When finished, upload your work as a single PDF file with at least as many pages as the exam. On exams, this is the only format that Gradescope will accept. If you have a scanner or are writing on a tablet device, it should be straightforward to save as a PDF file. Gradescope's Guide to Submitting PDF Homework has helpful information on how to create a PDF using a scanning app on a mobile device (note that page 3 of the guide applies to homework, but not timed exams).

You can upload more than once; the last version counts. To be safe, you might want to upload a preliminary version 20-30 minutes before time expires, then continue to work on any questions you hadn't finished.

If you run into trouble uploading your work, email it right away to Prof. Haiman at so I know you completed it on time.

My apologies for not giving better instructions before Midterm 1, causing many students to have trouble uploading. I hope these new instructions will help everyone avoid problems.


On remote exams, you may consult the textbook, other books and notes, and non-interactive web resources. Calculators are allowed but should not be needed.

You may not assist or receive assistance from anyone other than class instructors, or use web resources that provide answers to questions interactively.

Private posting to instructors on Piazza with questions concerning the exam, or contacting your instructor by email, are allowed. However, we can't promise to be able to answer in time. I will do my best to make exam questions clear and avoid mistakes.

Since you are allowed to consult the book, remote exam questions may be somewhat more difficult than in-person exam questions. I will set the raw score to letter grade conversions for remote and in-person exams separately, in order to make grading as fair as possible given the differing circumstances.

Missed exams

The class grading policy, below, allows you to miss one midterm exam essentially without penalty. For this reason there will be no makeup exams except in extraordinary circumstances.


Students who need accommodations on exams must provide documentation from the Disabled Students' Program (DSP) and contact me at least a week before the exam so I can make arrangements.


Homework assignments will mostly consist of problems to be done online using WeBWorK (instructions below). Sometimes I will also assign written problems of my own or from the textbook on topics that WeBWorK doesn't cover fully.

Homework assignments will be due Sunday nights at 11:59pm. You can submit written assignments either by scanning them and uploading to Gradescope (see below), or in discussion sections, if in-person. The Sunday night deadline applies to Gradescope submissions. If you turn in written homework in discussion sections, you must do so by the Friday before.


You may collaborate with other students on the homework, provided you work on each problem and enter it into WeBWorK yourself. If you do work together you will notice that WeBWorK creates different versions of the problems for each student.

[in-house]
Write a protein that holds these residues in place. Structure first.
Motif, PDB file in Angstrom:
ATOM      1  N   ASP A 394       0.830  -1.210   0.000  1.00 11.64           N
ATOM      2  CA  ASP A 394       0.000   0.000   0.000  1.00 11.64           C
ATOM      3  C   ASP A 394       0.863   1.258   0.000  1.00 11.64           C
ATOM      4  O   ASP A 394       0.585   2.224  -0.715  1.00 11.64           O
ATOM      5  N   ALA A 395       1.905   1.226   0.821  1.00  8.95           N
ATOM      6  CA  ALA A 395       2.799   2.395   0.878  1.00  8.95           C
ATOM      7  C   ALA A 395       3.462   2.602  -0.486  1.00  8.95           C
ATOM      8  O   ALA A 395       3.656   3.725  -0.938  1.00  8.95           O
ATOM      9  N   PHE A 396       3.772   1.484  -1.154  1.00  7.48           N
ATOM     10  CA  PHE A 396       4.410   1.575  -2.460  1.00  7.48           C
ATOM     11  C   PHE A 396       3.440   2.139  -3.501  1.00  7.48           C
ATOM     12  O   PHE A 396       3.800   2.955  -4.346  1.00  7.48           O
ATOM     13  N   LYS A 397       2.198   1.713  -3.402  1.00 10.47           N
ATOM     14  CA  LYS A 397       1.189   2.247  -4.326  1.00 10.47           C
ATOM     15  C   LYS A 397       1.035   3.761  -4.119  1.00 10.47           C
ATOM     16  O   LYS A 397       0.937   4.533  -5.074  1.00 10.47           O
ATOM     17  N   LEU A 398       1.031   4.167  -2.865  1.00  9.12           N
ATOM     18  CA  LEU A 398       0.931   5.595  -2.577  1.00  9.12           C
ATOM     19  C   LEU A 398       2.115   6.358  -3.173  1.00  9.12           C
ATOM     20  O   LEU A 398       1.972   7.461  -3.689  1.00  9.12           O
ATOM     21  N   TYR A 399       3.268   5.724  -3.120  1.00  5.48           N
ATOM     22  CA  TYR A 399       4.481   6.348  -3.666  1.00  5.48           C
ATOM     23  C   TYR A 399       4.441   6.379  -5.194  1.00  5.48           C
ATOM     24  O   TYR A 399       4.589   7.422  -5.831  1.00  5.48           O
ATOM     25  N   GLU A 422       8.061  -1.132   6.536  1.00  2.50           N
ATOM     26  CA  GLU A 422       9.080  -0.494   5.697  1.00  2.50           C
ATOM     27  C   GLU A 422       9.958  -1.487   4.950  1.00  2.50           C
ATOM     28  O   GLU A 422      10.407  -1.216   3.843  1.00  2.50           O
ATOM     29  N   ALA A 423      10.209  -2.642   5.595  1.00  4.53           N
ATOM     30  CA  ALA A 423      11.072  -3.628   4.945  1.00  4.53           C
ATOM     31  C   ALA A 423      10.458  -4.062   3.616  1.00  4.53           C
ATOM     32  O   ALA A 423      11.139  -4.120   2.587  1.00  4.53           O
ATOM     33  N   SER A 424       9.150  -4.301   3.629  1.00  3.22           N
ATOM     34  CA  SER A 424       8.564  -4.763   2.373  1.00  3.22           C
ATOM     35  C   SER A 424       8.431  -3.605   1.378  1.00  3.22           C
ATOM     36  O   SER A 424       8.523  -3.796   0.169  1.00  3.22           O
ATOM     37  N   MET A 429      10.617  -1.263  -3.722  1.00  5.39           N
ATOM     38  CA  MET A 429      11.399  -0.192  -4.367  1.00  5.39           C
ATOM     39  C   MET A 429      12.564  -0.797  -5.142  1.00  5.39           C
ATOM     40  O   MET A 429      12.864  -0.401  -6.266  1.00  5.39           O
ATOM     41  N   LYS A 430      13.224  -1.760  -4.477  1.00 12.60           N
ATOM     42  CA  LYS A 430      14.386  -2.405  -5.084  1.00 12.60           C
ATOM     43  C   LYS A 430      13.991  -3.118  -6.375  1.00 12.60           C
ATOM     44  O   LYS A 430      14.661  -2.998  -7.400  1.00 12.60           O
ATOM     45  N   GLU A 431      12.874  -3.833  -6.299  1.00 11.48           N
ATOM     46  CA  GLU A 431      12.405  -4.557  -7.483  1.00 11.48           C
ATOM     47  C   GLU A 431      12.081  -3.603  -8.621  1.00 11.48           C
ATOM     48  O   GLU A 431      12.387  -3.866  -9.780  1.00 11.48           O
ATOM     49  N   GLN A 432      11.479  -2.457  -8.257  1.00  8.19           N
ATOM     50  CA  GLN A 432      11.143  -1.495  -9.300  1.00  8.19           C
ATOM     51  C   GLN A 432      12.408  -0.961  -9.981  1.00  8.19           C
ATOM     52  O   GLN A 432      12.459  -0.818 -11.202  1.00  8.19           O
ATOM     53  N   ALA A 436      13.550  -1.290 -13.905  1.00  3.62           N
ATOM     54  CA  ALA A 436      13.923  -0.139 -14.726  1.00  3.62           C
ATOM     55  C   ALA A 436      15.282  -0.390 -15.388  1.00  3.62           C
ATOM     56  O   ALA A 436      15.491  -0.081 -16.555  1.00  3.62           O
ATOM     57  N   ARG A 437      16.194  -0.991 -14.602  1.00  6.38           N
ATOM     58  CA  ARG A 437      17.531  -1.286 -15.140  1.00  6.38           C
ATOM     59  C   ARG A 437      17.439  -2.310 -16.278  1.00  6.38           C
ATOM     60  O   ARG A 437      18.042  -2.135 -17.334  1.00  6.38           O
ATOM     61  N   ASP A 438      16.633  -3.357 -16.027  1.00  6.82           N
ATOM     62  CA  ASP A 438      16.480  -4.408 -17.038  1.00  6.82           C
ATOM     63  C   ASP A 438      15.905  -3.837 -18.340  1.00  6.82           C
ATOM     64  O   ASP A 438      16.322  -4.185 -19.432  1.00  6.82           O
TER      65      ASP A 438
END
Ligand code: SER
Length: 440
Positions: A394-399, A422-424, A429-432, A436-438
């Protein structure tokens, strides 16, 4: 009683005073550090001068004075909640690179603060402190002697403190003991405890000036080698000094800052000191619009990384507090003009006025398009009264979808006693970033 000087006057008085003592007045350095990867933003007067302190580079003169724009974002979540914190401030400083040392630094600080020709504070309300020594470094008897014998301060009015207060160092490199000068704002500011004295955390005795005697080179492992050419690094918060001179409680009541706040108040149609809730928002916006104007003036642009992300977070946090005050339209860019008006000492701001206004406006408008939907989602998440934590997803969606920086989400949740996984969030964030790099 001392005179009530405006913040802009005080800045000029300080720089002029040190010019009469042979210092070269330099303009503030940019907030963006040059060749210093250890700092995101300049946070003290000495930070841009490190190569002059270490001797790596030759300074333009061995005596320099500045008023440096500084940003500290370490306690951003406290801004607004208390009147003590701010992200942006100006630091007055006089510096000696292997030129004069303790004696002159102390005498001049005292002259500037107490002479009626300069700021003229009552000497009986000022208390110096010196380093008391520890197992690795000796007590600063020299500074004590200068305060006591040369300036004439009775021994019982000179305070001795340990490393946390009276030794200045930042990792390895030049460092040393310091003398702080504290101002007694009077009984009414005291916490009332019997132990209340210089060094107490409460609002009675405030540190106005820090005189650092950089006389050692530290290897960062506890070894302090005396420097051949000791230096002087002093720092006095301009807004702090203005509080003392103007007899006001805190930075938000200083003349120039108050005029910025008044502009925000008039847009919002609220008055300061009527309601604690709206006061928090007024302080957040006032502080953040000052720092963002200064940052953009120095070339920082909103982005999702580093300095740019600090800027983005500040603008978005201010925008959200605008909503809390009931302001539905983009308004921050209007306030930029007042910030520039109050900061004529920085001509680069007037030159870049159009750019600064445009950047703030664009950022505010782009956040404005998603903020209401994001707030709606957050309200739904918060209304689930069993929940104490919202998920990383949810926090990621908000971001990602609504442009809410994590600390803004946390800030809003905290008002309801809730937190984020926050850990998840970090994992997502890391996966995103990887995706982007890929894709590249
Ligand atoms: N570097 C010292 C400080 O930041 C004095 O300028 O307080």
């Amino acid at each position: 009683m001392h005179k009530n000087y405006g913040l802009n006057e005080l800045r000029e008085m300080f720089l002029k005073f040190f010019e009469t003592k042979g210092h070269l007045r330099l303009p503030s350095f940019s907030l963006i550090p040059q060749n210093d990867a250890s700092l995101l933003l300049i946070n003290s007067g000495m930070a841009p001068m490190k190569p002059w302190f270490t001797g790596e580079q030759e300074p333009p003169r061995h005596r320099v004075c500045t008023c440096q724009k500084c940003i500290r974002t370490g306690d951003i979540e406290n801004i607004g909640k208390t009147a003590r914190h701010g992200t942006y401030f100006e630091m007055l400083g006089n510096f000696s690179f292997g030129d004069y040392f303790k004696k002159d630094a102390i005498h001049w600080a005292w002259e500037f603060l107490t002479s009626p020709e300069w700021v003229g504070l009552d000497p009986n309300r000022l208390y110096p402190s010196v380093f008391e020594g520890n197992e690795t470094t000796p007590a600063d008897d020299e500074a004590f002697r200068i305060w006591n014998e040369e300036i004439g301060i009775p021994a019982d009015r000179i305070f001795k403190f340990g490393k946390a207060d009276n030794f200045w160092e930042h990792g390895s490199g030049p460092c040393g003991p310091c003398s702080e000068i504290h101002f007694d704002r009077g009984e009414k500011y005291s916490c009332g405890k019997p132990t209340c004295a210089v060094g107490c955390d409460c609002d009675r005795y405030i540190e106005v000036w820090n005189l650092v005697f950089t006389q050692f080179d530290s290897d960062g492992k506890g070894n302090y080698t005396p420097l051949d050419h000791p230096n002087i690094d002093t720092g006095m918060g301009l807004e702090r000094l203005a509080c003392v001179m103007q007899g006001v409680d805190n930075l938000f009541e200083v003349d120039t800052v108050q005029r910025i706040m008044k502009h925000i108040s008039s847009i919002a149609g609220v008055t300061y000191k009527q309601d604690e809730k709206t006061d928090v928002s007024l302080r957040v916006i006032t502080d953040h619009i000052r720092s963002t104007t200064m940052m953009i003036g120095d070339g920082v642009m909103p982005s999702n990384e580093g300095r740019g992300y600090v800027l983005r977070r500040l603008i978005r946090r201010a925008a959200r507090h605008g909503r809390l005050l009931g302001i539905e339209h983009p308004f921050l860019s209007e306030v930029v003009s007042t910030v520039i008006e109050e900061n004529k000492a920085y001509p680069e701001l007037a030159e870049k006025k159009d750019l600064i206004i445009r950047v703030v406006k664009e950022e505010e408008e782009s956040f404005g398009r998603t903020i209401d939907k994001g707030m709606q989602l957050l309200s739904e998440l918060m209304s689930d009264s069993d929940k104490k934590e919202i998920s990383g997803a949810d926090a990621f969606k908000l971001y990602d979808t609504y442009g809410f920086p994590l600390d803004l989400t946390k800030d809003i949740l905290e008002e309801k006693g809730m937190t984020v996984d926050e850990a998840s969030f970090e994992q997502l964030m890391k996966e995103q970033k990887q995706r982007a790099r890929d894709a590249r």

Copying homework solutions done by another student or by an automated system such as Wolfram Alpha is not allowed. Although I have no way to enforce this rule, I can assure you that copying solutions you have not worked out yourself will end up costing you more in the form of poor preparation for exams than whatever few extra homework points you might gain.


Homework extensions will only be granted occasionally and for documented, valid reasons. Since WeBWorK automatically releases solutions after the due deadline, I can only give extensions if you contact me well ahead of time. For the same reason I will generally not give extensions on written homework, since solutions will be posted the next day. In cases where an extension would be justified but is not possible, I may excuse an assignment instead.

Homework assignments will be announced well in advance, so there should rarely be need for extensions if you don't put off working on them.

Syllabus and homework schedule

We will cover Chapters 1-6 from the textbook, omitting sections 3.11, 4.6 and 6.4-6.5.

Homework 0 is to take the MDTP calculus diagnostic assessment, if you haven't already taken it this summer, by following these instructions. You get full credit for this assignment if you complete the MDTP by Sept. 5, regardless of your score.

WeBWorK Set 0 is a tutorial and does not count for credit.

I will update the schedule as the semester progresses, and may revise it if exam dates change.

Schedule of lectures, reading and homework

Week Lectures Reading WeBWorK Written homework Remarks
8/25-8/27 1 1.1-1.2 Set 0 Take the MDTP (see above) by Sept. 5  
8/30-9/3 2-3 1.3-1.5 Set 1 WebWork only, due Sept. 5  
9/6-9/10 4-5 2.1-2.3 Set 2 WebWork only, due Sept. 12 No class 9/6
9/13-9/17 6-7 2.4-2.5 Set 3 WebWork plus Supplementary problems, due Sept. 19. Solutions  
9/20-9/24 8 2.6 Set 4 WebWork only, due Sept. 26 Midterm 1 9/23
9/27-10/1 9-10 2.7-2.8, 3.1 Set 5 WebWork only, due Oct. 3  
10/4-10/8 11-12 3.2-3.5 Set 6 WebWork only, due Oct. 10 
10/11-10/15 13-14 3.6-3.9 Set 7 WebWork only, due Oct. 17  
10/18-10/22 15-16 3.10, 4.1-4.3 Set 8 WebWork only, due Oct. 24  
10/25-10/29 17 4.3, 4.5, 4.7 Set 9 WebWork only, due Oct. 31 Midterm 2 10/28